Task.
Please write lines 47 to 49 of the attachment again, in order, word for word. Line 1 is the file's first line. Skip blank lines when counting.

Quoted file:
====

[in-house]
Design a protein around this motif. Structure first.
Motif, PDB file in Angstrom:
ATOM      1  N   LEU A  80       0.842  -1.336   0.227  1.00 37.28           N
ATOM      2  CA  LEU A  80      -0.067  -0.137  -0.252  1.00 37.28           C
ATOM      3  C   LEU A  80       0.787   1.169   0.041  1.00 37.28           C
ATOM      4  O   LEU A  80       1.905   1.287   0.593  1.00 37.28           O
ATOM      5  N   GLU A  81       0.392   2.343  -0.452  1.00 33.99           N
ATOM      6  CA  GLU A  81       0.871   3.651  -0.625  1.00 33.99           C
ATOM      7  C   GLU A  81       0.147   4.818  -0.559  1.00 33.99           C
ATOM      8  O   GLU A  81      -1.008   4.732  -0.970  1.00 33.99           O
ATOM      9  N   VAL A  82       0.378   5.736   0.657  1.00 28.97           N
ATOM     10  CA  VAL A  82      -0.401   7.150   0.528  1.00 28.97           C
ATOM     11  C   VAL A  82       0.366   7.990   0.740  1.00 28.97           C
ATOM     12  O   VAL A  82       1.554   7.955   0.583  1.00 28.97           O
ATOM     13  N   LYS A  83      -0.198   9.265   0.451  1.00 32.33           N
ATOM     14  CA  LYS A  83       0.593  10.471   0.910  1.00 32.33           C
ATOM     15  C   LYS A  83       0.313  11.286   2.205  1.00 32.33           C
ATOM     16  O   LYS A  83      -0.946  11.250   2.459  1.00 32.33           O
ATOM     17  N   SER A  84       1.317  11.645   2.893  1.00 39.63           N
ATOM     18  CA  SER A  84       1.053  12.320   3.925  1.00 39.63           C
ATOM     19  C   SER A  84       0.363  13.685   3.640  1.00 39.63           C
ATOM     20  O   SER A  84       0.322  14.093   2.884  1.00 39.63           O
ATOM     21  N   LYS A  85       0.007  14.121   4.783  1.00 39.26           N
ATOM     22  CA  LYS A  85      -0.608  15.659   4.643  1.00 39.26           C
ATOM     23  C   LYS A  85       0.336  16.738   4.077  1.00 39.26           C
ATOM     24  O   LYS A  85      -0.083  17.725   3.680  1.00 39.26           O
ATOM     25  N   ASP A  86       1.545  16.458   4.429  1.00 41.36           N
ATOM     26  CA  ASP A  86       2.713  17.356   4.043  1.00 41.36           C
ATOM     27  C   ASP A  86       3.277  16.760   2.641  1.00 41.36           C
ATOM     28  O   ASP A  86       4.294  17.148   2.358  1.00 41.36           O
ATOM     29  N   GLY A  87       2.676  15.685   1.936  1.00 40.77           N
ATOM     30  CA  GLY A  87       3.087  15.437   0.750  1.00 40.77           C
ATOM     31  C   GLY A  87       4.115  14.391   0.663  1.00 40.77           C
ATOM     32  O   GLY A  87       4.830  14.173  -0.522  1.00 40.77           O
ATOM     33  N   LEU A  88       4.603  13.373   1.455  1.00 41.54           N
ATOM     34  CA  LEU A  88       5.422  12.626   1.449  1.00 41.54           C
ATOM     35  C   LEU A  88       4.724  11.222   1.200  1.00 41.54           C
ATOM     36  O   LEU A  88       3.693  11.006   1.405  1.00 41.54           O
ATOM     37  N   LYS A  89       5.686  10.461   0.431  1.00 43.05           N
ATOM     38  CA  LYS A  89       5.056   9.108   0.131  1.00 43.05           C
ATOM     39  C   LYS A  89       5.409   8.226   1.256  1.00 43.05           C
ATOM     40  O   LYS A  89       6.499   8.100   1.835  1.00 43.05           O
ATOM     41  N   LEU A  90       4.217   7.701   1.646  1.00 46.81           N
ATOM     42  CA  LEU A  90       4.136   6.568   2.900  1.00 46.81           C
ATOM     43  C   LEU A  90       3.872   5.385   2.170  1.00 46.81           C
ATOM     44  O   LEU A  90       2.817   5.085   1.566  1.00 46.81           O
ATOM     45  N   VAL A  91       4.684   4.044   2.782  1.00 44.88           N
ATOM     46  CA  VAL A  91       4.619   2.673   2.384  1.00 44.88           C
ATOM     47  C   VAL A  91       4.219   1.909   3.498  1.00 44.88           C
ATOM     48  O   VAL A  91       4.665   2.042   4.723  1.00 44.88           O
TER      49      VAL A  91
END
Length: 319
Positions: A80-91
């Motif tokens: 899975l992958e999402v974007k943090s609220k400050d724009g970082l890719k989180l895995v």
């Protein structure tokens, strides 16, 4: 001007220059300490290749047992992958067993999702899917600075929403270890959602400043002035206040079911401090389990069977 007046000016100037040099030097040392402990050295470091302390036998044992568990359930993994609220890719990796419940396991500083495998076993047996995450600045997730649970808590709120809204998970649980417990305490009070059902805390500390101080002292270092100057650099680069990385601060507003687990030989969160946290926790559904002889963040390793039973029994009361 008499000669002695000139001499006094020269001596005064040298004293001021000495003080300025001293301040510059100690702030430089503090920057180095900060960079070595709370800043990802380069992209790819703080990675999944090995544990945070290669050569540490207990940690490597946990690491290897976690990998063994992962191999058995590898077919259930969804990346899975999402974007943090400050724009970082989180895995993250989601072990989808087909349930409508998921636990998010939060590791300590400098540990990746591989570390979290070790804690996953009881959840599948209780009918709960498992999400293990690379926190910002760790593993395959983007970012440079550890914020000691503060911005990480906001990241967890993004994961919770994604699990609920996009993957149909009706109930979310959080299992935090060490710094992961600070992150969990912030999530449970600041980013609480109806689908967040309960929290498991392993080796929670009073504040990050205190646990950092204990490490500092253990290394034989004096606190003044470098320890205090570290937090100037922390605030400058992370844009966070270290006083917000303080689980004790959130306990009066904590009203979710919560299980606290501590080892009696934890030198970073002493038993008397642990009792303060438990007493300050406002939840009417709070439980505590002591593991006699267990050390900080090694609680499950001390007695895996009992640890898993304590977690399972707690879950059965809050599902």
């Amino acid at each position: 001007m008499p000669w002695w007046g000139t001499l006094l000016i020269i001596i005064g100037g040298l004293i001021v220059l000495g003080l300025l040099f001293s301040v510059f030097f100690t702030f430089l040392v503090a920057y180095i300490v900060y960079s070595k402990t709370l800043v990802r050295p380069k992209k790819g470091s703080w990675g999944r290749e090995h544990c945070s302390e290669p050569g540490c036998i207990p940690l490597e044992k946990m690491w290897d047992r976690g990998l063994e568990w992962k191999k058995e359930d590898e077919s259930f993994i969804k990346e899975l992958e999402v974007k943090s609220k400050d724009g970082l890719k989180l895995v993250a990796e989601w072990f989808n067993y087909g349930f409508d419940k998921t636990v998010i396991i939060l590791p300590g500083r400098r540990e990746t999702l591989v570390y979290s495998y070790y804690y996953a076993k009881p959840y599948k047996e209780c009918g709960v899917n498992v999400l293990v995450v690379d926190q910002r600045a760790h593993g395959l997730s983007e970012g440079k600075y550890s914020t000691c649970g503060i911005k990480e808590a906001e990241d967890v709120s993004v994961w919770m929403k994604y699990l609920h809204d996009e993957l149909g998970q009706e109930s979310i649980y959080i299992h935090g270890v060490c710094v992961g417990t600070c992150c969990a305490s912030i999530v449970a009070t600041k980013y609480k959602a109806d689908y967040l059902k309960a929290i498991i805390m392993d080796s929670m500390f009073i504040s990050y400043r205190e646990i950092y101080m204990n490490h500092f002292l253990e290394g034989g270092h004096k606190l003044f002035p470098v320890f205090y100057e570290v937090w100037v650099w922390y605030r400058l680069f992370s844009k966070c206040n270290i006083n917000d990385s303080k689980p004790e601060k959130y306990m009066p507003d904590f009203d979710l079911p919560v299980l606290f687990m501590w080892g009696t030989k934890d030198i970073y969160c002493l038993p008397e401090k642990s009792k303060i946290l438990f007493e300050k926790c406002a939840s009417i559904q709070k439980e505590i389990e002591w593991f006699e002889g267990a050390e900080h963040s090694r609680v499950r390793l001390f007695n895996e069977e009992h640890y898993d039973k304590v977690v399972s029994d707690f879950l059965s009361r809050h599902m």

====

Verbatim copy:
ATOM     44  O   LEU A  90       2.817   5.085   1.566  1.00 46.81           O
ATOM     45  N   VAL A  91       4.684   4.044   2.782  1.00 44.88           N
ATOM     46  CA  VAL A  91       4.619   2.673   2.384  1.00 44.88           C